How To Become A Forensic Biologist
As a forensic biologist, you will use your love of science to help solve crimes. You will be responsible for collecting evidence and putting it all together like a puzzle, to help understand what went on at a crime scene. Your findings will be used in a court of law. If you want to become a forensic biologist, it is recommended to receive a master’s degree.
Why Become A Forensic Biologist
Forensic biology is where biology and law enforcement intersect. Forensic biologists use their scientific knowledge to help solve crimes and mysteries. They are knowledgeable and rely heavily on the latest technology and equipment in helping them with their forensics. Forensic biologists use their knowledge and skill to prove that a suspect was at a crime scene; that a certain weapon was used at a crime scene; they can identify illegal products such as drugs; they can use testing to identify the remains of a human body; and more.
Forensic biologists have a wide range of duties. They must travel out to a crime scene. When at a crime scene, they wear a protective uniform and collect evidence. Evidence collected may include blood, saliva, and hair samples, human remains, weapons, or anything else necessary for solving the crime. They may take photographs of the crime scene, or use a drawing pad to take sketches of what they see. Preserving evidence is very important, so forensic biologists are careful not to tamper with the crime scene. At the crime laboratory or police unit, they analyze their evidence further. They perform tests.
The findings are used within a court of law. Some findings used to prosecute, while other findings may be used to acquit. A forensic biologist must be accurate in their findings, because this may lead to the prosecution of a person.
Forensic Biologist should possess the following qualities and skills:
- Enjoys science
- Understands the law
- Detail Oriented
- Problem solver
- Critical thinker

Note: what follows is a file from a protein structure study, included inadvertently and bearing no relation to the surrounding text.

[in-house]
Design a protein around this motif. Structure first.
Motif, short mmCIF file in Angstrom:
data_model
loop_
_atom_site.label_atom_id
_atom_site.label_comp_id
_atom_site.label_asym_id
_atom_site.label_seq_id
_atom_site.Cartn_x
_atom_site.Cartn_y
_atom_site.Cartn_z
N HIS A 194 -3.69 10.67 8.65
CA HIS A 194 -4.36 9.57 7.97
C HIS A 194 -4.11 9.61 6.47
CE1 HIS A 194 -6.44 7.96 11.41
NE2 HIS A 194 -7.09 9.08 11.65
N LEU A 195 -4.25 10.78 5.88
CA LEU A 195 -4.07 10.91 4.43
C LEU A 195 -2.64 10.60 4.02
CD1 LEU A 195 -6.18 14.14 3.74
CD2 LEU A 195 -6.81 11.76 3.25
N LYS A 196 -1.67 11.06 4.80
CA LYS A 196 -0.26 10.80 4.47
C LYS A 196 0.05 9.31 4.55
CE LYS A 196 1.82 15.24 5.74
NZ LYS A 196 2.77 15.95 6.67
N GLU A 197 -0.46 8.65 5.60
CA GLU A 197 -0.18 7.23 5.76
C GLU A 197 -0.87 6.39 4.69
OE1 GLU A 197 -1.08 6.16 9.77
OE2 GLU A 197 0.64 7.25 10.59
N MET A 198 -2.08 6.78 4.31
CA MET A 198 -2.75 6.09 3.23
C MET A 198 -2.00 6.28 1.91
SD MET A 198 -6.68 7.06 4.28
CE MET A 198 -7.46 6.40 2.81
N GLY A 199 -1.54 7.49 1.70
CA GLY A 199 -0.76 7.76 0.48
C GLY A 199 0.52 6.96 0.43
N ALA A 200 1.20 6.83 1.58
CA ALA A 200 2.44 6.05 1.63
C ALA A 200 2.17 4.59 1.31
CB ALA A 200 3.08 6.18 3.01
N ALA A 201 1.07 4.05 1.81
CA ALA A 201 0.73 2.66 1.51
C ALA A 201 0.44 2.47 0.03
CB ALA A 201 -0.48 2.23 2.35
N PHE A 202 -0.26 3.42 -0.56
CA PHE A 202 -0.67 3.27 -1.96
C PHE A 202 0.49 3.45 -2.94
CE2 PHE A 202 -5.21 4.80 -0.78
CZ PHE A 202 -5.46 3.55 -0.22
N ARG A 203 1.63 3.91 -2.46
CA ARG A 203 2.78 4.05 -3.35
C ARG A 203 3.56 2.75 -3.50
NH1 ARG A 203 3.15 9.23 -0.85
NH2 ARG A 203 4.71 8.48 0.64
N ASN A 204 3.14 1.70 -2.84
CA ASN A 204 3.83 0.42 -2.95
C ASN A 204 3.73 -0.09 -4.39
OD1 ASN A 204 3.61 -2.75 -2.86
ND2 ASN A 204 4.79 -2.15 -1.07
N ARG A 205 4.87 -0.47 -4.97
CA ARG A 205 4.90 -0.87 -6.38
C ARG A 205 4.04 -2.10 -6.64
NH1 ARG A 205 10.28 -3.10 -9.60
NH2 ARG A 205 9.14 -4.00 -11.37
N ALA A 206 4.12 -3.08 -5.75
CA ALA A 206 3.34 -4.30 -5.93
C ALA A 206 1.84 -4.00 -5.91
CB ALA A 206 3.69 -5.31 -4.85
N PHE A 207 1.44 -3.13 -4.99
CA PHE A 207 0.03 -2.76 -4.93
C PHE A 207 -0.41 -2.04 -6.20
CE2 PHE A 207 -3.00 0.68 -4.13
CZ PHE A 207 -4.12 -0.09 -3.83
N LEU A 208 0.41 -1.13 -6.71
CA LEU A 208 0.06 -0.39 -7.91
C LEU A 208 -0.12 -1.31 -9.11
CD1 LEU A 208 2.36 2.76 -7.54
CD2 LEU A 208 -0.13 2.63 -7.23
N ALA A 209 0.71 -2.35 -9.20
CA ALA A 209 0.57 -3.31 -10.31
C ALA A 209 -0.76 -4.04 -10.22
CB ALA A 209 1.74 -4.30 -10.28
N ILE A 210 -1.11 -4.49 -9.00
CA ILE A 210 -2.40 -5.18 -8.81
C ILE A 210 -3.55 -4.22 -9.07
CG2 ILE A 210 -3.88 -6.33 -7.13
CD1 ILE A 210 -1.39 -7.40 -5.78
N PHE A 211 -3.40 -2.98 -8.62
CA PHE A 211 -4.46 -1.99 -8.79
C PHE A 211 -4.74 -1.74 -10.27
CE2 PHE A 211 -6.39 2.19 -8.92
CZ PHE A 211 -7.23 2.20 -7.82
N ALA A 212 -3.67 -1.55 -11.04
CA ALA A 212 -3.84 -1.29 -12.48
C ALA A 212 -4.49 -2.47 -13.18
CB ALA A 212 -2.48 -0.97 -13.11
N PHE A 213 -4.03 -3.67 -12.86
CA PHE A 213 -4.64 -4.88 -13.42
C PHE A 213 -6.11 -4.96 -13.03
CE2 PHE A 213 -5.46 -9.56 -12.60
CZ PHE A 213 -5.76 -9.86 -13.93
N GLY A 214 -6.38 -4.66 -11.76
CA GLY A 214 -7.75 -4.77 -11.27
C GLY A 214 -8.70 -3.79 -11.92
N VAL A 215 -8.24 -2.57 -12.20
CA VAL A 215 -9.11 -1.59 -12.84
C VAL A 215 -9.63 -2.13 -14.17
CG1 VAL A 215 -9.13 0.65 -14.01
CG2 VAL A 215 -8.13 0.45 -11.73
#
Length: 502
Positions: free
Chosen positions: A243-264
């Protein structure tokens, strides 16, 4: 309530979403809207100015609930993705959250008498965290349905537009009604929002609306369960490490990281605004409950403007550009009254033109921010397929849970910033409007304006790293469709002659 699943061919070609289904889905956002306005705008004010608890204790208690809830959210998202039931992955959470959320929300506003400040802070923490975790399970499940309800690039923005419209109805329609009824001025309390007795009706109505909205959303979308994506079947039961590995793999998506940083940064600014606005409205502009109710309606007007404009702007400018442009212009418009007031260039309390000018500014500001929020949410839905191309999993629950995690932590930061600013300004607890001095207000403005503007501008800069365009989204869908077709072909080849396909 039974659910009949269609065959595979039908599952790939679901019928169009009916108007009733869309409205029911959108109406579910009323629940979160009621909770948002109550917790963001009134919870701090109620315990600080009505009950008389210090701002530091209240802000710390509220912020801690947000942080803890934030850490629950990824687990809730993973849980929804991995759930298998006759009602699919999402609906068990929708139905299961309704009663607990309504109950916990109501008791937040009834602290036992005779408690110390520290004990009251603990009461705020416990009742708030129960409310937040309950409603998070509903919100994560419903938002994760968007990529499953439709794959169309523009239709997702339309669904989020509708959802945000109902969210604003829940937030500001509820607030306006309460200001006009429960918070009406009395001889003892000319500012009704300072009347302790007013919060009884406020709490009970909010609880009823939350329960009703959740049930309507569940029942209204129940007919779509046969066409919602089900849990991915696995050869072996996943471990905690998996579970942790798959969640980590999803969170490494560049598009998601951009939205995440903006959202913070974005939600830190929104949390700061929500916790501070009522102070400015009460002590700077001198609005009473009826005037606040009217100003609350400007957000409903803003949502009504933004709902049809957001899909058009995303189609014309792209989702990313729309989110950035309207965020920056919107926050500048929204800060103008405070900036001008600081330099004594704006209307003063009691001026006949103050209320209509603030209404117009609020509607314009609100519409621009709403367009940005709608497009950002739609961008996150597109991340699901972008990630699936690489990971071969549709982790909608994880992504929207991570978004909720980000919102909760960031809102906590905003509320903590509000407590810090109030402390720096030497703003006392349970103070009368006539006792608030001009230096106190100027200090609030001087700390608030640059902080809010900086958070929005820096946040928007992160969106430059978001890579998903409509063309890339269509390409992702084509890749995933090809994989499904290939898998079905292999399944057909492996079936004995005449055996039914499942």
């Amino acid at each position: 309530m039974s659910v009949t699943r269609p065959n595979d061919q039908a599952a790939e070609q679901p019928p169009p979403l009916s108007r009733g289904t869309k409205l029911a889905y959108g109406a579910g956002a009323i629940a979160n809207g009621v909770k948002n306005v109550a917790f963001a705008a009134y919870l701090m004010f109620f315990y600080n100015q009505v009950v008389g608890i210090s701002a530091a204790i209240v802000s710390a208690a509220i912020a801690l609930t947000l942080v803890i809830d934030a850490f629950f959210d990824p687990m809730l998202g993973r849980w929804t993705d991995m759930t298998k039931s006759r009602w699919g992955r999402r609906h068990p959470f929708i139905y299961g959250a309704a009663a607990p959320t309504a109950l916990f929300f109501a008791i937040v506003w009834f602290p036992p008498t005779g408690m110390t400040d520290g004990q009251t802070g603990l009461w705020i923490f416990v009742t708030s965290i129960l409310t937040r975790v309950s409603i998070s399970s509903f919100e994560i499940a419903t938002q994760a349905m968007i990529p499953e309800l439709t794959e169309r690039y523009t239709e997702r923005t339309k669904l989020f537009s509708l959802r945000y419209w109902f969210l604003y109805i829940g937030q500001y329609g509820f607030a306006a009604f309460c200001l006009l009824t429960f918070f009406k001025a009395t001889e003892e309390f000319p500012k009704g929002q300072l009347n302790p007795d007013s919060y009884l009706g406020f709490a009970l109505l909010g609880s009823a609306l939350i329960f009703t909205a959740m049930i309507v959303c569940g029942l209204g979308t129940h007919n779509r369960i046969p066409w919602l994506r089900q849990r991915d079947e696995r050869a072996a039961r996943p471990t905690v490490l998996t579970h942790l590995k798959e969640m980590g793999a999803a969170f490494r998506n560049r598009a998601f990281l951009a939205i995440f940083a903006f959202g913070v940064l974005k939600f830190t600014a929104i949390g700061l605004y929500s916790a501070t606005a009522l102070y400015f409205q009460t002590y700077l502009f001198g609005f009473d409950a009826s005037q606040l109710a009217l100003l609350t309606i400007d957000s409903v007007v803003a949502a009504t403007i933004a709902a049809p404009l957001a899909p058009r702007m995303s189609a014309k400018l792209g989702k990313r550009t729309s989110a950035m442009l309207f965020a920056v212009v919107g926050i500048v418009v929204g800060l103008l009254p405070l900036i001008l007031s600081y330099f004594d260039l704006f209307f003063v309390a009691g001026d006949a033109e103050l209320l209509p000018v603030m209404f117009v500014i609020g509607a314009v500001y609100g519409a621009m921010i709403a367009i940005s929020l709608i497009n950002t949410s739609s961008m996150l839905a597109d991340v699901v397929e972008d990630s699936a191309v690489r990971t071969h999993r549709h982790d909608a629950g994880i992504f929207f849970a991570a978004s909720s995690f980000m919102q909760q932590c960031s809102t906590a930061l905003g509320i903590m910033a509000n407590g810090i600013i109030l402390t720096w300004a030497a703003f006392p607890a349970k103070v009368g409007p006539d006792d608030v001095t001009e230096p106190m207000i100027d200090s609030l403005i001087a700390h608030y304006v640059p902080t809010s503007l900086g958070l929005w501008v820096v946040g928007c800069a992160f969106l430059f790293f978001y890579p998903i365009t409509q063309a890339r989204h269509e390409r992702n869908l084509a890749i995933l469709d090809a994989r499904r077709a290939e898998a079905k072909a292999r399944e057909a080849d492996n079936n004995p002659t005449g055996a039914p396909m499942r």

Forensic Biologist Work Environment
State and local governments are the largest employers of forensic biologists. This includes police departments, crime labs, coroner offices, and morgues. Some work on the federal level, as federal agents or with the Federal Bureau of Investigation (FBI). Forensic biologists work on these teams, acquiring evidence needed for prosecution and defense. There is often just one forensic biologist working for a law enforcement team, so forensic biologists may have to cover a large territory. This may mean traveling throughout a large area, including different cities, counties, or possibly even states.
Forensic biologists should be prepared to travel in order to get to different crime scenes. Forensic biologists will be exposed to violent crime scenes such as homicides, suicides, rape, sexual assaults, and more. Forensic biologists must be comfortable with these situations.
Forensic Biologist Salary
The median annual salary for criminalists was $56,750 in 2016.
There are many factors to be taken into consideration when determining salary for a forensic biologist. Because most forensic biologists are employed by local and state governments, the salary is usually budgeted. There may not be much availability for negotiation, bonuses or promotions. Forensic biologists may receive a higher salary in larger, more metropolitan areas, where there are larger police forces and also more crimes. If a criminal biologist has more extensive work experience, they may receive a higher salary.
Forensic Biologist Career Outlook
Employment for forensic biologists is expected to grow by 27 percent from 2014 to 2024, which is much faster than other occupations within the United States.
Computers and technology continue to be updated and constantly changing. These advances in technology are very useful in science professions such as biology. The new tools and technologies that are discovered can be used in forensic biology to provide even more accurate insights into crime scene investigation. Equipment can be used to explore crime scenes and evidence. Forensic biologists are of great value, because they can use their scientific knowledge to help understand what happened and help solve a case. More law enforcement teams are employing them because of their usefulness.
Forensic Biologist Degree
If you would like to become a forensic biologist, read on for more information.
Step 1: Undergraduate education. A bachelor’s degree is necessary to become a forensic biologist. In college it is important that you take classes in the natural sciences such as biology, chemistry and physics. You can enroll in a program such as forensics, criminal justice, chemistry, environmental science, or a related program. Any of these programs will help you build a strong background for this career path.
Step 2: Graduate education. A master’s degree is strongly encouraged for this career choice. Many people who are forensic biologists have gone on to receive their master’s degrees. Getting a master’s degree will open you up to more career opportunities. Research universities that are well known for their programs in forensic science, apply and enroll. During this program you will participate in more advanced coursework. You will also be able to participate in live field work and crime scene investigations.